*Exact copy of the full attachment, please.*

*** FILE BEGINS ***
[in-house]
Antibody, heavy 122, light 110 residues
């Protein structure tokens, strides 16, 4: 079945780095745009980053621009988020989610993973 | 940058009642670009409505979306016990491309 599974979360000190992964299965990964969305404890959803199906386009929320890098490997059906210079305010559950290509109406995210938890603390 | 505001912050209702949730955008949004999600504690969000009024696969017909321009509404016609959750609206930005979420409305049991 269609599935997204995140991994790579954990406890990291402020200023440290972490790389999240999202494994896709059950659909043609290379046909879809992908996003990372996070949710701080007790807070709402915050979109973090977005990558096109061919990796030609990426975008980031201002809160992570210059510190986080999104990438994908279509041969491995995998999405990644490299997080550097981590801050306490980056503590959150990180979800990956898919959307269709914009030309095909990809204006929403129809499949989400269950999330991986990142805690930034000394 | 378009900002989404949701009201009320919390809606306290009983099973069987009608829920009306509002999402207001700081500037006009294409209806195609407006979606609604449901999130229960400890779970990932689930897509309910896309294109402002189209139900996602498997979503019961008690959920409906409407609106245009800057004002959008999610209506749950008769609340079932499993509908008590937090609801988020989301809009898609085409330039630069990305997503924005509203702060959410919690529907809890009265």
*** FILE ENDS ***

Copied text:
[in-house]
Antibody, heavy 122, light 110 residues
């Protein structure tokens, strides 16, 4: 079945780095745009980053621009988020989610993973 | 940058009642670009409505979306016990491309 599974979360000190992964299965990964969305404890959803199906386009929320890098490997059906210079305010559950290509109406995210938890603390 | 505001912050209702949730955008949004999600504690969000009024696969017909321009509404016609959750609206930005979420409305049991 269609599935997204995140991994790579954990406890990291402020200023440290972490790389999240999202494994896709059950659909043609290379046909879809992908996003990372996070949710701080007790807070709402915050979109973090977005990558096109061919990796030609990426975008980031201002809160992570210059510190986080999104990438994908279509041969491995995998999405990644490299997080550097981590801050306490980056503590959150990180979800990956898919959307269709914009030309095909990809204006929403129809499949989400269950999330991986990142805690930034000394 | 378009900002989404949701009201009320919390809606306290009983099973069987009608829920009306509002999402207001700081500037006009294409209806195609407006979606609604449901999130229960400890779970990932689930897509309910896309294109402002189209139900996602498997979503019961008690959920409906409407609106245009800057004002959008999610209506749950008769609340079932499993509908008590937090609801988020989301809009898609085409330039630069990305997503924005509203702060959410919690529907809890009265």